Here are the stories I put in my coffee this morning.
- The Problem with Polemical Preaching
On the one hand, preachers can go wrong by being too weak, not adequately refuting the error of those who contradict sound doctrine (Titus 1:9, 2:15). On the other hand a preacher can become consumed with calling everyone and everything out. . . . But defending truth against error is only one part of faithful preaching.
- Shakespeare on Love: King Lear
This is not to say, however, that through Cordelia’s silence, Shakespeare the poet is not saying something—indeed, to my mind he has never been more eloquent.
- Same-Sex Marriages and Segregation
The point is that people who are redefining marriage are not after wedding cakes as much as they are after affirmation—and the legal system is more than willing to compel religious people to speak in favor of gay marriage, or lose their businesses all together. There really is no parallel to that in the segregated South.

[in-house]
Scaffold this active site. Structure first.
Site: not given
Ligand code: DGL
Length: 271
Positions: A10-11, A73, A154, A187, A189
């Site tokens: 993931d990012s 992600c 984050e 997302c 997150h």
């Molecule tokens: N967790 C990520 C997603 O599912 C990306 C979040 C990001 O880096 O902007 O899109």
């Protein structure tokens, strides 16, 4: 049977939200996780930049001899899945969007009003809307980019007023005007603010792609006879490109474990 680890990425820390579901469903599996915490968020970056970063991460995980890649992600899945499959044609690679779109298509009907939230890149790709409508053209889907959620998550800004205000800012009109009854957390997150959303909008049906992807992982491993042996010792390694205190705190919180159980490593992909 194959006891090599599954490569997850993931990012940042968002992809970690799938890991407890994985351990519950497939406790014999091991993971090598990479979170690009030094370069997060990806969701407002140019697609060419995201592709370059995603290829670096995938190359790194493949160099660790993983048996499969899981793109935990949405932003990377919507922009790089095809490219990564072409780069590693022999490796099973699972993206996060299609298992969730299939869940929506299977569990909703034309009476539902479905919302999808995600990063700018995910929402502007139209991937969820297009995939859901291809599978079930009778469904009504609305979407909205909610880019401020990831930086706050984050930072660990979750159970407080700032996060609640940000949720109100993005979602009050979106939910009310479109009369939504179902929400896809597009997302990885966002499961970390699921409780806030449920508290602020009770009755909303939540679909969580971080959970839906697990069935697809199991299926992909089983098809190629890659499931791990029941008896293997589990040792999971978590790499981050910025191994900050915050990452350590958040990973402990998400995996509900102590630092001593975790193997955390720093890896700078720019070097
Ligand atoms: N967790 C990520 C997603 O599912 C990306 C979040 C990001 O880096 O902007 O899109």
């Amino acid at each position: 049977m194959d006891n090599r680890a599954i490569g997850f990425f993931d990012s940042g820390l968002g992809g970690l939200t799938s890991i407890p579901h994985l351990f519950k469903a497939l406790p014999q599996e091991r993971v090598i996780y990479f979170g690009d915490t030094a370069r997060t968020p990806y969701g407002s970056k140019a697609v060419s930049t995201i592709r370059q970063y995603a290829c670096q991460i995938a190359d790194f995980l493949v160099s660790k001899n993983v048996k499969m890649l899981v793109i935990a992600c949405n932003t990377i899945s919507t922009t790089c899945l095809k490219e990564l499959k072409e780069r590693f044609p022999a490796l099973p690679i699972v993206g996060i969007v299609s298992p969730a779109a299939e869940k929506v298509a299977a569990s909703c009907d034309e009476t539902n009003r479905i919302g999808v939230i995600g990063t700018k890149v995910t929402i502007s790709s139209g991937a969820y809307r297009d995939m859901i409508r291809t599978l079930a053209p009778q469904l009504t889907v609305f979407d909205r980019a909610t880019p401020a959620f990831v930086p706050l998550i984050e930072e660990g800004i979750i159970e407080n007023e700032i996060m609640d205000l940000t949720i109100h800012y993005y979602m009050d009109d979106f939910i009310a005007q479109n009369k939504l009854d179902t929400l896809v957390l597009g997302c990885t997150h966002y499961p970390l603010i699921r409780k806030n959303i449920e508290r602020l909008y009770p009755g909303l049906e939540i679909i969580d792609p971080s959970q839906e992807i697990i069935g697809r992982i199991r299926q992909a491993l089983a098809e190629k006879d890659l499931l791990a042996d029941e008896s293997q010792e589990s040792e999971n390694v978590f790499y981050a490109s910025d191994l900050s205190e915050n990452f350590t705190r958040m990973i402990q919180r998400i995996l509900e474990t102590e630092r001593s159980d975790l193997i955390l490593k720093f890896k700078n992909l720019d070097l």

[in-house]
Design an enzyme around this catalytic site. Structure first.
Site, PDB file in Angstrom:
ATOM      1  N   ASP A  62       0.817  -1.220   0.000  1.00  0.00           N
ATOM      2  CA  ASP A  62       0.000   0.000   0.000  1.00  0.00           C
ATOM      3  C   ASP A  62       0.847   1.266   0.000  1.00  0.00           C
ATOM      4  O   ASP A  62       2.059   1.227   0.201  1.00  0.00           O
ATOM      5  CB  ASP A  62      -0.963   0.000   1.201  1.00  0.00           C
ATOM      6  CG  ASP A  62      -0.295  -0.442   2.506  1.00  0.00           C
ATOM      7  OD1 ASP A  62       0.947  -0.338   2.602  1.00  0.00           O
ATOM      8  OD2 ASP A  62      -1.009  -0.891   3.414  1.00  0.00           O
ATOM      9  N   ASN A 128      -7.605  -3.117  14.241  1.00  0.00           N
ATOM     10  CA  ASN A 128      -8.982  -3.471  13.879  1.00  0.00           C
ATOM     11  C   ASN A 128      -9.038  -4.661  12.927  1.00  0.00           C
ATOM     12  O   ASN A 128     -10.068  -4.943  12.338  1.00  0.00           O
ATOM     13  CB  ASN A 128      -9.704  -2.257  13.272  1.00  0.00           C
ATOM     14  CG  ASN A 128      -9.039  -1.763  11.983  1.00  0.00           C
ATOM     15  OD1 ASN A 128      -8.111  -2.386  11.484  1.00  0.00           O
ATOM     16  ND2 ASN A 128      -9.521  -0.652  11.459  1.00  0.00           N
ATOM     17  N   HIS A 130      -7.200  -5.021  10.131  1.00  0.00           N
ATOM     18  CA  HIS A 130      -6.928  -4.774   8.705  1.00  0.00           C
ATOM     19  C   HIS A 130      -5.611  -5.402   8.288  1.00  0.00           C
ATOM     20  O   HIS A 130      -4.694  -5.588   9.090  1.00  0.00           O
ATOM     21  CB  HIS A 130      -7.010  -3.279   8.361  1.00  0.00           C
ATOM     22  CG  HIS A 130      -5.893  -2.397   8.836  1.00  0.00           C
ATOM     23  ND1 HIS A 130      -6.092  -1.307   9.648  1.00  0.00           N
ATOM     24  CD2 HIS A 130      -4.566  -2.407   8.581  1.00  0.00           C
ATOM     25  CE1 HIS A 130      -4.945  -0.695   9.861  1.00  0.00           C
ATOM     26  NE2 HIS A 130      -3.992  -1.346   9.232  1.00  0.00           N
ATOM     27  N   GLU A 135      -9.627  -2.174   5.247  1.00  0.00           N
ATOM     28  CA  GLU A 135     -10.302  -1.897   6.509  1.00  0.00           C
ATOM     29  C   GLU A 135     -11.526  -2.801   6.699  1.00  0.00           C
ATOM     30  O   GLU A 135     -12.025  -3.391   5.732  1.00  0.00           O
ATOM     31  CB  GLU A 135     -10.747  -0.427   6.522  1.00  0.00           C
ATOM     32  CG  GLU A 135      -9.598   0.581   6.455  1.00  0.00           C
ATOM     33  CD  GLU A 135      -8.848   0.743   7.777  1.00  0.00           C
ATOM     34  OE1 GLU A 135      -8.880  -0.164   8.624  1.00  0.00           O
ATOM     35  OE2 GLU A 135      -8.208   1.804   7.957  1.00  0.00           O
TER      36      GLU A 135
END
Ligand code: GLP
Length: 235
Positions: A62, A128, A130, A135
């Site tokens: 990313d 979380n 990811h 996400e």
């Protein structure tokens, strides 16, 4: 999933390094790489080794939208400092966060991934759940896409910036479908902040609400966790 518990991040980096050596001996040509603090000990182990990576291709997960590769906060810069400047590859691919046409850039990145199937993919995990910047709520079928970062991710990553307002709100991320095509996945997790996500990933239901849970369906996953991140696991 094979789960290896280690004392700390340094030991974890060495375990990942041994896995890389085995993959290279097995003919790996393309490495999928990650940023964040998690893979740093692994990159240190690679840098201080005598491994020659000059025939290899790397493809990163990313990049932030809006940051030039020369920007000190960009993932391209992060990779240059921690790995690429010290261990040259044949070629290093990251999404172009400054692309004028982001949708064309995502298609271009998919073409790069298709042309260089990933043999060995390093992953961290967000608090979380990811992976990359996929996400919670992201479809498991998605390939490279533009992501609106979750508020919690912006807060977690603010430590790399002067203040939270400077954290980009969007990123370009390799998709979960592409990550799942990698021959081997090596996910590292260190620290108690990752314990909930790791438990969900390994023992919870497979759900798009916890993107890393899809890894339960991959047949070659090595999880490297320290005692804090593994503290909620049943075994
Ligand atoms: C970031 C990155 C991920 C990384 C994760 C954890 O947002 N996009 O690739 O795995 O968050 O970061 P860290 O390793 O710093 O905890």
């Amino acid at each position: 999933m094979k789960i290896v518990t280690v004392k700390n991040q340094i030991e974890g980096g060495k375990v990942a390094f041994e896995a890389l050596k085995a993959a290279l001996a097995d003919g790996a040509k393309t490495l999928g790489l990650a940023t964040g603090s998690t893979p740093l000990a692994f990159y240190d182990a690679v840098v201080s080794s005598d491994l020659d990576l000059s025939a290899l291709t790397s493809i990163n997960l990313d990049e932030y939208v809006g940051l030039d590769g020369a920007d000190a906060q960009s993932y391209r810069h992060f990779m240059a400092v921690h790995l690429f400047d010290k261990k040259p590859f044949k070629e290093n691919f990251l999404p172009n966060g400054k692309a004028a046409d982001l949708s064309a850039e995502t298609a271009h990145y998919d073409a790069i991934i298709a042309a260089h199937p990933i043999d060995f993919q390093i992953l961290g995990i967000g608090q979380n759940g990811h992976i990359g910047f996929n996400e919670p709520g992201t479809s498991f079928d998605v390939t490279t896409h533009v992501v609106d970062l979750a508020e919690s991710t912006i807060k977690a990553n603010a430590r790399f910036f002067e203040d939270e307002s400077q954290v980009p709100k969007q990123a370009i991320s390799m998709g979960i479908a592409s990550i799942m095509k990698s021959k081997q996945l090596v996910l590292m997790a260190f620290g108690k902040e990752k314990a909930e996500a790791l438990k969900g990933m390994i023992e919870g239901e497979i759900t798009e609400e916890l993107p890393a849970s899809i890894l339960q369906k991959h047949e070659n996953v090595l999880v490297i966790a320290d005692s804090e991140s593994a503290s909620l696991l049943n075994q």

- Carson Explains What Makes a Good Commentary
Good all-round commentaries help readers think their way through the text—which requires adequate handling of words, sentences, flow of thought, genre, theological presuppositions, knowledge of historical setting, and, ideally, a commentary writer who is humble and of a contrite spirit and who trembles at God’s Word.
- An Olympic Lesson for Husbands and Wives
This is a visible model of what male leadership and female support are all about. It’s an art form, not a mandate. It’s a disposition, not a set of rules. When it’s done well, it’s a welcome sight in which both partners are fulfilled in themselves and delighted in the other.